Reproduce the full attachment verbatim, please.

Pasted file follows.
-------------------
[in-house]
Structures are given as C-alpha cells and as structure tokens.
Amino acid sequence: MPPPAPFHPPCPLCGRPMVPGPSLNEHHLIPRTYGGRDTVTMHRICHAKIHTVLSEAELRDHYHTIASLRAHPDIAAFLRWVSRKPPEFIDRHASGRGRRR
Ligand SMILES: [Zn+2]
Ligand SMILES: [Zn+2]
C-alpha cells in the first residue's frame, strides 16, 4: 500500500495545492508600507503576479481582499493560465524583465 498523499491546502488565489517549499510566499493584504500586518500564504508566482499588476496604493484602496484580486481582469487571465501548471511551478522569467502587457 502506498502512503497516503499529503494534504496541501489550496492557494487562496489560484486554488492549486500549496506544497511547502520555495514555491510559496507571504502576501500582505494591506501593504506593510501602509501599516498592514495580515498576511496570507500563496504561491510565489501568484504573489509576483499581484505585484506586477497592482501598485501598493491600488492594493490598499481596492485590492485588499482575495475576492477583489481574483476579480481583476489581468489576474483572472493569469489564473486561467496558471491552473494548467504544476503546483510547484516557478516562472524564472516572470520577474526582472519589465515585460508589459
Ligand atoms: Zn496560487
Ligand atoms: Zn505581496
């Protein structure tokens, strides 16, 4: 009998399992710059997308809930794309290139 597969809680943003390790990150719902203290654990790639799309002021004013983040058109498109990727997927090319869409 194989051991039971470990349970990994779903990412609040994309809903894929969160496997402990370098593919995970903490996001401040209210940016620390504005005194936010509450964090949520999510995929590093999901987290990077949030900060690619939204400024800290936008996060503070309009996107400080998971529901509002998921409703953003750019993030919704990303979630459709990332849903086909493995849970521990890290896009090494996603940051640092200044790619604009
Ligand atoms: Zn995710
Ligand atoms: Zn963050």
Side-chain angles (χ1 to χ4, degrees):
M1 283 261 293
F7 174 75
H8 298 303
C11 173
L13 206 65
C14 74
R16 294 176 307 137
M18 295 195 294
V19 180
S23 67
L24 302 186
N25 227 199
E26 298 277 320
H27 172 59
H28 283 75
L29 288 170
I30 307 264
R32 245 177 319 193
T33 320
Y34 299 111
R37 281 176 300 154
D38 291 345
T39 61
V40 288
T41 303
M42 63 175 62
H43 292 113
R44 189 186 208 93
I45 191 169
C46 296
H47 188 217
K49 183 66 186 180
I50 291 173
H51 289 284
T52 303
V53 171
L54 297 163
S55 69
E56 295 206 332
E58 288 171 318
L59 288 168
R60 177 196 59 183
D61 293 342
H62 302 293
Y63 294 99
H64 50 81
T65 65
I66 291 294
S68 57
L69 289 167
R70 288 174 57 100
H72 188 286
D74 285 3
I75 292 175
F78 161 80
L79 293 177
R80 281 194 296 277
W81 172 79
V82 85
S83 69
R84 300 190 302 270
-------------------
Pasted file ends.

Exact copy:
[in-house]
Structures are given as C-alpha cells and as structure tokens.
Amino acid sequence: MPPPAPFHPPCPLCGRPMVPGPSLNEHHLIPRTYGGRDTVTMHRICHAKIHTVLSEAELRDHYHTIASLRAHPDIAAFLRWVSRKPPEFIDRHASGRGRRR
Ligand SMILES: [Zn+2]
Ligand SMILES: [Zn+2]
C-alpha cells in the first residue's frame, strides 16, 4: 500500500495545492508600507503576479481582499493560465524583465 498523499491546502488565489517549499510566499493584504500586518500564504508566482499588476496604493484602496484580486481582469487571465501548471511551478522569467502587457 502506498502512503497516503499529503494534504496541501489550496492557494487562496489560484486554488492549486500549496506544497511547502520555495514555491510559496507571504502576501500582505494591506501593504506593510501602509501599516498592514495580515498576511496570507500563496504561491510565489501568484504573489509576483499581484505585484506586477497592482501598485501598493491600488492594493490598499481596492485590492485588499482575495475576492477583489481574483476579480481583476489581468489576474483572472493569469489564473486561467496558471491552473494548467504544476503546483510547484516557478516562472524564472516572470520577474526582472519589465515585460508589459
Ligand atoms: Zn496560487
Ligand atoms: Zn505581496
């Protein structure tokens, strides 16, 4: 009998399992710059997308809930794309290139 597969809680943003390790990150719902203290654990790639799309002021004013983040058109498109990727997927090319869409 194989051991039971470990349970990994779903990412609040994309809903894929969160496997402990370098593919995970903490996001401040209210940016620390504005005194936010509450964090949520999510995929590093999901987290990077949030900060690619939204400024800290936008996060503070309009996107400080998971529901509002998921409703953003750019993030919704990303979630459709990332849903086909493995849970521990890290896009090494996603940051640092200044790619604009
Ligand atoms: Zn995710
Ligand atoms: Zn963050």
Side-chain angles (χ1 to χ4, degrees):
M1 283 261 293
F7 174 75
H8 298 303
C11 173
L13 206 65
C14 74
R16 294 176 307 137
M18 295 195 294
V19 180
S23 67
L24 302 186
N25 227 199
E26 298 277 320
H27 172 59
H28 283 75
L29 288 170
I30 307 264
R32 245 177 319 193
T33 320
Y34 299 111
R37 281 176 300 154
D38 291 345
T39 61
V40 288
T41 303
M42 63 175 62
H43 292 113
R44 189 186 208 93
I45 191 169
C46 296
H47 188 217
K49 183 66 186 180
I50 291 173
H51 289 284
T52 303
V53 171
L54 297 163
S55 69
E56 295 206 332
E58 288 171 318
L59 288 168
R60 177 196 59 183
D61 293 342
H62 302 293
Y63 294 99
H64 50 81
T65 65
I66 291 294
S68 57
L69 289 167
R70 288 174 57 100
H72 188 286
D74 285 3
I75 292 175
F78 161 80
L79 293 177
R80 281 194 296 277
W81 172 79
V82 85
S83 69
R84 300 190 302 270